We need to be honest about our own research problems if ESG is to deliver.
A year ago the explosion on Deepwater Horizon unleashed the worst environmental disaster in US history. For those who subscribe to the idea that environmental, social and governance (ESG) analysis makes for enhanced risk analysis it was a costly blow. BP had been rated well by many ESG analysts and the stock took a dive after the disaster. For those who also believe that ESG analysis leads to meaningful engagement by responsible investors to improve a firm’s social or environmental performance, the evidence that many investors had asked BP about their poor safety record over the past decade, to little effect, also presented a conundrum. Although the responsible investment community now comprises over $20 trillion in assets under management, overall we are not seeing effective pressure on firms to be more responsible. Instead, we hear CEOs blaming the financial markets for short-termism limiting their investment in CSR, ESG analysts blaming investors for not paying enough for better research, and the SRI heads in financial institutions blaming regulators for not empowering them, or quietly admitting that their efforts are dwarfed by their colleagues’ exuberance for exotic derivatives, dark pools, high frequency trades and other shenanigans that most of us get lost on. Repeating the mantras that ESG analysis is good for returns or good for society wont make them true, just like spraying detergent on oil wont make the toxicity disappear. Instead, the flaws of ESG analysis and ratings need fixing as part of a new attempt to make socially responsible investment funds and self-proclaimed responsible investment institutions deliver more for society and those citizen-savers among us who don’t want our nest-eggs to trash the planet. The Journal of Corporate Citizenship has published an analysis of the flaws of mainstream ESG analysis, some reasons for this situation persisting, and some ideas on how to begin fixing it.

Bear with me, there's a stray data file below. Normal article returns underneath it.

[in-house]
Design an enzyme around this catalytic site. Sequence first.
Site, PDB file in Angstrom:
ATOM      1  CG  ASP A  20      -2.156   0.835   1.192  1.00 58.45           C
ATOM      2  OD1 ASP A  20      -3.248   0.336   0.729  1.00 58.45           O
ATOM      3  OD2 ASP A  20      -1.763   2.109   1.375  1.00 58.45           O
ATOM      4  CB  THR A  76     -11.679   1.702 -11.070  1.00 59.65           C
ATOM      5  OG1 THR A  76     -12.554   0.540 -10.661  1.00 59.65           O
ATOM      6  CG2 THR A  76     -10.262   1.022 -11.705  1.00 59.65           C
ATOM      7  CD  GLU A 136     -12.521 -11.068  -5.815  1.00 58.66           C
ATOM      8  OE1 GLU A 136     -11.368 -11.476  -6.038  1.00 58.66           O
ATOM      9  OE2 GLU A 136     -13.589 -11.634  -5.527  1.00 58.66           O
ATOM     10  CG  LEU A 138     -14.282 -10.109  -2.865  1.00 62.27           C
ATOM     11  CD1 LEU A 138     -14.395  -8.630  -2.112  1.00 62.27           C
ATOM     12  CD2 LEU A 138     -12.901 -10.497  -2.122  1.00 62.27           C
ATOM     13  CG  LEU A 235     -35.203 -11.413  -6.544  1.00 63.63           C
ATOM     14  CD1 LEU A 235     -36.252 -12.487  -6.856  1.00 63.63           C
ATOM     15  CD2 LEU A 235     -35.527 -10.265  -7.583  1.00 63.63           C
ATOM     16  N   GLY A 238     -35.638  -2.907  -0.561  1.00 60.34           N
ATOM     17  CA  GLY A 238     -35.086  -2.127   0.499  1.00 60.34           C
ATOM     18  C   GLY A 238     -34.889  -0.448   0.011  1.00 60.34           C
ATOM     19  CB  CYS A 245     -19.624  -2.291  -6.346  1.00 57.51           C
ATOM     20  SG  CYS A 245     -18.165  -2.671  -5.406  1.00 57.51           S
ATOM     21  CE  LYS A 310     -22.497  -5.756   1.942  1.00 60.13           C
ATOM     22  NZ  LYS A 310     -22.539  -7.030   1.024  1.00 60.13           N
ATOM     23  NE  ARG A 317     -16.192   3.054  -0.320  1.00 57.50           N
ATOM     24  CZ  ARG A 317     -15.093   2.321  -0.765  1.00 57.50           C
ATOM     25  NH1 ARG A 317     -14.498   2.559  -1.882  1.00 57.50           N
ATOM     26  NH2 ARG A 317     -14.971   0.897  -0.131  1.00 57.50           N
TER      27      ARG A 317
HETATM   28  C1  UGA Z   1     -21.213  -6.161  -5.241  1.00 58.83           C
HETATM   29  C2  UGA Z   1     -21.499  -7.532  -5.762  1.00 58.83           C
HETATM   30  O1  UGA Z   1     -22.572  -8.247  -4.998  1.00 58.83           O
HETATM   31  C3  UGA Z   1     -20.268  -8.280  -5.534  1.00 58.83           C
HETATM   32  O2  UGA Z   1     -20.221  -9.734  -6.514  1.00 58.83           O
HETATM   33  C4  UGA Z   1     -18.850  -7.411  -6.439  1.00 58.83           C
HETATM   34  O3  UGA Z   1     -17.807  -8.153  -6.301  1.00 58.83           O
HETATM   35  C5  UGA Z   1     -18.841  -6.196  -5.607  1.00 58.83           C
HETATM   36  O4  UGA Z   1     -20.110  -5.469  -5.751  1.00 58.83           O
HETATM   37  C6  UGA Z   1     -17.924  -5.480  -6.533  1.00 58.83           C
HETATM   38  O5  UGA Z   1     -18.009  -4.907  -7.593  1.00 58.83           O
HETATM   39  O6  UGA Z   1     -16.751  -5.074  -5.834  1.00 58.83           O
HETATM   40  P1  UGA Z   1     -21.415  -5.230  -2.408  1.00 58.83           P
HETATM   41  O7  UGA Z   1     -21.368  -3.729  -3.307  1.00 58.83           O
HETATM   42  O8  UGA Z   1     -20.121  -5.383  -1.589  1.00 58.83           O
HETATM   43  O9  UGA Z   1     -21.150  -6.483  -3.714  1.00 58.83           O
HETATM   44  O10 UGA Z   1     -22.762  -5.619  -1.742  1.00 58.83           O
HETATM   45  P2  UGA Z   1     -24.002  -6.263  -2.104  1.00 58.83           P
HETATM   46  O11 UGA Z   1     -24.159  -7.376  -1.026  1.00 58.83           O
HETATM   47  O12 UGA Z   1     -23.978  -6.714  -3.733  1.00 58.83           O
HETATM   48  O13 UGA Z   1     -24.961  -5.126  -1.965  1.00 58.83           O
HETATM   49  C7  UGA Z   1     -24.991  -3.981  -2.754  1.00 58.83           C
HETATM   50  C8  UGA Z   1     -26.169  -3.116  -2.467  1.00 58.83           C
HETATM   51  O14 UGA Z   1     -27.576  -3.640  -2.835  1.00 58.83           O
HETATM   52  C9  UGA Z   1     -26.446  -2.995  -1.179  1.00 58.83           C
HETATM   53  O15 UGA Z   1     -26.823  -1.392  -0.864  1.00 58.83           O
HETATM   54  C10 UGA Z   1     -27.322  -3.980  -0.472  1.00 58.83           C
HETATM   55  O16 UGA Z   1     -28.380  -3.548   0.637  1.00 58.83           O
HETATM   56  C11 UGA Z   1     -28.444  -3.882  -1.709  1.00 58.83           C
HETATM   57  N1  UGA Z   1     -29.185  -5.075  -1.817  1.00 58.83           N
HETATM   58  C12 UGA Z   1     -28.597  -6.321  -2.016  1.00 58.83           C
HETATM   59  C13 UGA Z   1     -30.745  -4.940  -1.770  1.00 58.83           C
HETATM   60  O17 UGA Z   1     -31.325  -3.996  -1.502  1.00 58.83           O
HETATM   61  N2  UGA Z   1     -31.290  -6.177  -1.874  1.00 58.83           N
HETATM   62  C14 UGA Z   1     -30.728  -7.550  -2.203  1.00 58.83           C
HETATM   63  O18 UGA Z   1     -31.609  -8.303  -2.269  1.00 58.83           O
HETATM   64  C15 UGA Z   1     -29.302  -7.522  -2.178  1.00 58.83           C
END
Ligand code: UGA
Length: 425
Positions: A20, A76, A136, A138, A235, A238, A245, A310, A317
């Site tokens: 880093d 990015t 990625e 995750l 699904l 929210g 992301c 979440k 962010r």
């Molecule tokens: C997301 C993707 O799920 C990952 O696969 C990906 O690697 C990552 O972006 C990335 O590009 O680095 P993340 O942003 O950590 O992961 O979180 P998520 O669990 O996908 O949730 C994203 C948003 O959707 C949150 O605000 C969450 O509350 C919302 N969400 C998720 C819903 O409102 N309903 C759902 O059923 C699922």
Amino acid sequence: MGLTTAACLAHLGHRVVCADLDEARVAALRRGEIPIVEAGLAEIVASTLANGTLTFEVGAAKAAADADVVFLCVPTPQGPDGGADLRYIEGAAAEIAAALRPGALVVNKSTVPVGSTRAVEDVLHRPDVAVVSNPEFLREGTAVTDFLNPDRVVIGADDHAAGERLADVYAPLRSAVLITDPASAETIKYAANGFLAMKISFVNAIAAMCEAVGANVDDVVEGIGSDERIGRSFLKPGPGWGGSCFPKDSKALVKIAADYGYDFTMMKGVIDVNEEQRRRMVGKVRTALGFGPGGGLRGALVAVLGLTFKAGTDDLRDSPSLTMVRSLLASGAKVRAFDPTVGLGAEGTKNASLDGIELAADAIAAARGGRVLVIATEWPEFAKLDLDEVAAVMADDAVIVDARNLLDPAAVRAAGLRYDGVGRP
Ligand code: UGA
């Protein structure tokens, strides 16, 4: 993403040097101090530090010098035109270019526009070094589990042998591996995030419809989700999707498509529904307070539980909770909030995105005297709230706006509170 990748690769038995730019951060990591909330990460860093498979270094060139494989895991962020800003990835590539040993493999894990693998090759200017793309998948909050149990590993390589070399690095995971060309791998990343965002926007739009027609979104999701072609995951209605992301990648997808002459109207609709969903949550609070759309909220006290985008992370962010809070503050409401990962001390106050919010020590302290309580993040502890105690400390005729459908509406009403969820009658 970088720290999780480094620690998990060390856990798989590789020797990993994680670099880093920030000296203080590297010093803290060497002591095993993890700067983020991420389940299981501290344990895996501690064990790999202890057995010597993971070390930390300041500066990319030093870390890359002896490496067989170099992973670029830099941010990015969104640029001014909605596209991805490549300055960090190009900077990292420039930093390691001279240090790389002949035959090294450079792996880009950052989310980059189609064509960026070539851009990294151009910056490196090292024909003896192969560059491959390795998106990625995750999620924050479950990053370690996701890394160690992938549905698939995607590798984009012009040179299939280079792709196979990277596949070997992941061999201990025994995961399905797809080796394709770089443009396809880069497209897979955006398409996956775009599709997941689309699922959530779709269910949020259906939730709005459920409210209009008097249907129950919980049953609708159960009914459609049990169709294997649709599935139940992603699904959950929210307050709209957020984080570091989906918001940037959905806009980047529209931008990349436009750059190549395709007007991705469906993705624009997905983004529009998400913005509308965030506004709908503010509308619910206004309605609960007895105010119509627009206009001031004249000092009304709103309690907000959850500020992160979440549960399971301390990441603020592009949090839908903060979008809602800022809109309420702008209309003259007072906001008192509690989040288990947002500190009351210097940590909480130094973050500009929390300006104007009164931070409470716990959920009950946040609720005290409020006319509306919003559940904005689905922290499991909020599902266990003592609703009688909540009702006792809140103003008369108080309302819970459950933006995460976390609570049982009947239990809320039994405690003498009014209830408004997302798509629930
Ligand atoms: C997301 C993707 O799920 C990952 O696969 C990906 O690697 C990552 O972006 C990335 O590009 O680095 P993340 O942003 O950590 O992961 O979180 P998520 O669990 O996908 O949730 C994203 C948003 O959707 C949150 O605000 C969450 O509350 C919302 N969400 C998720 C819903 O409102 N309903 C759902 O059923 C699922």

After consultations with dozens of reflective practitioners and academic critics, the study finds that many ESG analysts and raters:
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